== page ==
After the genocide and treaty making period ended in 1871, Congress mandated Native culture, languages, customs, songs, dances and ceremonies illegal (1880 -1936). Native children were taken hostage to further ensure non-resistance by subjugating them into government and Christian boarding schools. The “cycle of dysfunction” began as a direct result of physical, mental and sexual abuse of the children, which in turn impacted future generations through historic boarding school trauma.
In the post-genocidal era of 20th Century Native America, tribes were fighting the many battles of injustice and discrimination manifested and imposed by the colonial government. During the1960’s, the Bureau of Indian Affairs Relocation Policy intended to “Assimilate Indians into the mainstream of American society” sent young people into six of the largest cities in America to speed the process of colonization. This attempt backfired on the government.
Natives who relocated into the San Francisco Bay Area began to work together and organize as identifiable groups in the city’s demography. Many of these Native youth decided they wanted professional degrees. San Francisco State and the University of California were magnets for Native students who joined other ethnic students to organize and implement their own “Third World Studies” and were subsequently successful. It was these students who liberated Alcatraz Island in peaceful protest of the government’s ill treatment of Native people and broken treaties.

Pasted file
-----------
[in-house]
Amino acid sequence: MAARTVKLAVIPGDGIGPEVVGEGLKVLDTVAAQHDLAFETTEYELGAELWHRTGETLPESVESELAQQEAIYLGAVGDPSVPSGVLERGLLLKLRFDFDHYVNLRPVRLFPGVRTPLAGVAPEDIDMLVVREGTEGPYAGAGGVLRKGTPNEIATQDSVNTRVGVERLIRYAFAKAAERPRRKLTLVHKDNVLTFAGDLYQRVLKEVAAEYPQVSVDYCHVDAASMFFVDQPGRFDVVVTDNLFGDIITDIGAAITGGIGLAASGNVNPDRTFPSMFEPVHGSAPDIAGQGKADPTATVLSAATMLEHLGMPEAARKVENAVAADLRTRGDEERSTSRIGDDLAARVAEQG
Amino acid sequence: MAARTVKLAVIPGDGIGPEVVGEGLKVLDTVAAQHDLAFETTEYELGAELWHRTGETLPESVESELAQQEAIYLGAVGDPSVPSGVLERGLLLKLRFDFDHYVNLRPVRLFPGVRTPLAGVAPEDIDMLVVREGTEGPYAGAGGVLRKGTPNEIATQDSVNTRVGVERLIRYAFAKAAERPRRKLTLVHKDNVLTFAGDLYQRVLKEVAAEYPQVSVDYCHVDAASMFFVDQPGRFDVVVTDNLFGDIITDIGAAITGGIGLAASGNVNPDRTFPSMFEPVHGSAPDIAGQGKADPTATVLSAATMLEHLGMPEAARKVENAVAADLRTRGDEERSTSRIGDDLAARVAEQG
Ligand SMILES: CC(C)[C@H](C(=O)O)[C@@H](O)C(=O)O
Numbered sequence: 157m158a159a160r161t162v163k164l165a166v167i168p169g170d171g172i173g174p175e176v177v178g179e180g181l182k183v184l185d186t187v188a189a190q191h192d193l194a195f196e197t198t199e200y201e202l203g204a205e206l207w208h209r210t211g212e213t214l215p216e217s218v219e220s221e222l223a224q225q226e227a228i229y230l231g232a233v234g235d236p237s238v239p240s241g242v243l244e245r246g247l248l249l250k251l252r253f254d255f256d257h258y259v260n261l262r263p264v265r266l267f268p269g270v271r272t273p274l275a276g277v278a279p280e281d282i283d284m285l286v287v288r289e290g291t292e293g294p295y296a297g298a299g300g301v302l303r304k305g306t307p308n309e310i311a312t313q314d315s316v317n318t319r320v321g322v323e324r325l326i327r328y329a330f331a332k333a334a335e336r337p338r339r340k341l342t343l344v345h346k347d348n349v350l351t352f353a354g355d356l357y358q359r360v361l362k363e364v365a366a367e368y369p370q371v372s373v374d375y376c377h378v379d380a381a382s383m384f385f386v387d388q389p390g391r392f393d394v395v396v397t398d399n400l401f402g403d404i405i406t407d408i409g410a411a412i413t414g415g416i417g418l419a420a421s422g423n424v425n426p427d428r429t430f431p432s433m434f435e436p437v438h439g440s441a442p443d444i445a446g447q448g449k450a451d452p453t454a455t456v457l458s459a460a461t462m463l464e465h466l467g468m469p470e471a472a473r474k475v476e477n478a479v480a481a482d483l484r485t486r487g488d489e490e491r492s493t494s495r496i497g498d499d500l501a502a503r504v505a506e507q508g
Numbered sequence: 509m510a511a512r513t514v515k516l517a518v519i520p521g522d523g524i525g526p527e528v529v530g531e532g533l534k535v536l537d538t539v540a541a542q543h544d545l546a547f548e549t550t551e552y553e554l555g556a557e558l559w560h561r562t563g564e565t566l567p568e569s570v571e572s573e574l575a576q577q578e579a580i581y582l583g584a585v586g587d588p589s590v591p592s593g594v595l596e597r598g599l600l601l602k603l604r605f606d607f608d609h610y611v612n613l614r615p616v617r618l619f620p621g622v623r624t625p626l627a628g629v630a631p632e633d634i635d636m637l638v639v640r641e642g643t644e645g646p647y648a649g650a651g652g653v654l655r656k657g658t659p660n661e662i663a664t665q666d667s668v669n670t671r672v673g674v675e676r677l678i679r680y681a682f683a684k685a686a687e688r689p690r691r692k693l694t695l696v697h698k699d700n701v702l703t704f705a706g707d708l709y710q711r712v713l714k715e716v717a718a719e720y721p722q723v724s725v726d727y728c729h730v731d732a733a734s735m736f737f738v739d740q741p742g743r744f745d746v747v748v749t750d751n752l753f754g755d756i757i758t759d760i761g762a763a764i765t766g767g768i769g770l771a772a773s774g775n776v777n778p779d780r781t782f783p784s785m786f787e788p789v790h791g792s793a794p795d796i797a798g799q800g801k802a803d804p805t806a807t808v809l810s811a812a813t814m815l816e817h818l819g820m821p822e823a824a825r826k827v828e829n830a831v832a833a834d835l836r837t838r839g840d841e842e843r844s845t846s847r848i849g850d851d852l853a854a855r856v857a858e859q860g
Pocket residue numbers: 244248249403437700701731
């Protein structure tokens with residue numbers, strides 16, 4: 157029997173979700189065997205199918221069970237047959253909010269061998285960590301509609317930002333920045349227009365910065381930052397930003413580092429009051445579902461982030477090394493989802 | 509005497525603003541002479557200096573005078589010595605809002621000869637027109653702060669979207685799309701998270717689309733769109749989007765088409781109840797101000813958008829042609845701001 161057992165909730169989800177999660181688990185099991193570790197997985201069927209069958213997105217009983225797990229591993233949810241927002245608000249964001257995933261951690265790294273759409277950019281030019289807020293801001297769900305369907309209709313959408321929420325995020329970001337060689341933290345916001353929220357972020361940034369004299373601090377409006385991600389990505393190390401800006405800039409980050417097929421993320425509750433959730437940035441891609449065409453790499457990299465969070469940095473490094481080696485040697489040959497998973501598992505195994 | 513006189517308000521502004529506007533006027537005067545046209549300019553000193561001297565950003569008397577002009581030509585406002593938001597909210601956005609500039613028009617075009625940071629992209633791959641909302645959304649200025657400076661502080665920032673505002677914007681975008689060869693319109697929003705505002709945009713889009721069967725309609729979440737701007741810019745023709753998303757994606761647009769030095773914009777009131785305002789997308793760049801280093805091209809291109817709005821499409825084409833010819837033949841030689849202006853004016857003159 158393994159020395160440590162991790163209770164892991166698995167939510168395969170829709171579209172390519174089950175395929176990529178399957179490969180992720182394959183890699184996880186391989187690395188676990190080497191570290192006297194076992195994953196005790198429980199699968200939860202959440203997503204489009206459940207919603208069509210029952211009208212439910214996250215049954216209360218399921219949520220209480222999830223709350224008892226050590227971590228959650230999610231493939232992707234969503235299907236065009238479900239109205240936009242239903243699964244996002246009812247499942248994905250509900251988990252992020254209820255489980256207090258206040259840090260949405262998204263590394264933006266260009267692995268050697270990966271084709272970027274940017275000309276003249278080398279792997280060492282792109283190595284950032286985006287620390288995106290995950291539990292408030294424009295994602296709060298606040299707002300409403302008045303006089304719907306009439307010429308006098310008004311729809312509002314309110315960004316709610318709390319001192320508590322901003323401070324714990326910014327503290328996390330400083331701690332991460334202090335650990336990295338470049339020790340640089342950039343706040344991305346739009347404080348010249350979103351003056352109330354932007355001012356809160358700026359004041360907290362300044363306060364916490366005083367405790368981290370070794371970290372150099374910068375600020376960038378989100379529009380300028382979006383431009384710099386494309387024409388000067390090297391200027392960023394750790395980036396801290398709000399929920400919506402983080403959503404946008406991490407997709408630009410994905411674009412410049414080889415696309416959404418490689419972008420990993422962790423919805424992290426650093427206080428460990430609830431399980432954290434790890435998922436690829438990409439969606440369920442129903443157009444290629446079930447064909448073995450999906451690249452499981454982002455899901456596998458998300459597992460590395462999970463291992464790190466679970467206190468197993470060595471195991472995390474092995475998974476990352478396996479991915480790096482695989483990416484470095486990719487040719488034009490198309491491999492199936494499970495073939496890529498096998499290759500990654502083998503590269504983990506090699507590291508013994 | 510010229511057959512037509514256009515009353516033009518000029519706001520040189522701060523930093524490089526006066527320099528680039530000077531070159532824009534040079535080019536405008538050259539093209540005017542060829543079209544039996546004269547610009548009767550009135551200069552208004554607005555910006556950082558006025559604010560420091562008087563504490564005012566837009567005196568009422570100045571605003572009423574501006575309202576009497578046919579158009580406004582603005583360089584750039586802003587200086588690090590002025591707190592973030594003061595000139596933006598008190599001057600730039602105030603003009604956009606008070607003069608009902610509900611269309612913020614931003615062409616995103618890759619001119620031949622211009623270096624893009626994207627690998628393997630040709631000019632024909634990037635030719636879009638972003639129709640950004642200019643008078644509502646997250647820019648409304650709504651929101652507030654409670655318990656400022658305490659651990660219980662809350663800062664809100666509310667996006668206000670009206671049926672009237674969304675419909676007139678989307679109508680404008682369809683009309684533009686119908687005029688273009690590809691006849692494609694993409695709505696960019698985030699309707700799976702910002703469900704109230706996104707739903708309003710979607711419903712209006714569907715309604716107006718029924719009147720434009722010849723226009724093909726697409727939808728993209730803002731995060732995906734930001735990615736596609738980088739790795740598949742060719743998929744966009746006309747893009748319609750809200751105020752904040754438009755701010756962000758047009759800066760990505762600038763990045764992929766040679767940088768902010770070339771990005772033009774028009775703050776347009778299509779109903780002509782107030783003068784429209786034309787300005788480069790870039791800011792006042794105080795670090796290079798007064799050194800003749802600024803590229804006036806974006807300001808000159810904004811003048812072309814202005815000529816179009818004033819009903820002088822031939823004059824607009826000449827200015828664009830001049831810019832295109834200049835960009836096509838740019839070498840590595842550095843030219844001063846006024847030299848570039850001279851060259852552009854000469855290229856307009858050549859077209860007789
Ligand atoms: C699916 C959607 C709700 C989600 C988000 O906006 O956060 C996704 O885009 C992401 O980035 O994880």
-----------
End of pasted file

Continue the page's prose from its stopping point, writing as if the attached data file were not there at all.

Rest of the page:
The Occupation of Alcatraz was pivotal for taking a stand against the colonial powers reconnecting with their lost identity, culture and spirituality. President Nixon was the first and last President that took legislative steps to support Native American Tribes both in the cities and on the reservations. First he stopped the Termination Policy which gave various jurisdictions to States at their will. He also initiated 50 legislative bills and tripled the funding to reservation tribes for tribal governments, Health, Social Services, Education and many more. The island never was transferred back to the Native people but they won gains under a national political agenda that would have never happened without this protest for Native American survival.
Now here we are 50 years later and our plight to overcome poverty, suicide, poor health and education has transpired into bureaucratic interference and which continues to take more Native lands, resources resulting in broken treaties, agreements and laws such as witnessed in the Standing Rock Resistance in North Dakota The environment is at a critical state with the pollution of land, air and water. Native people continue to fight, struggle and resist all these harmful forces. This fight is not our fight but is the responsibility of all people.
It is the plight of Indians of All Tribes to bring not only the 1969 Veterans of the Alcatraz Occupation back for the 5oth Anniversary but include Native guests who know this continuing struggle well. We need media for this event and many prayers. We will keep you posted on what can be done. Questions can be directed to Dr. LaNada War Jack, Alcatraz Veteran at firstname.lastname@example.org. Thank you.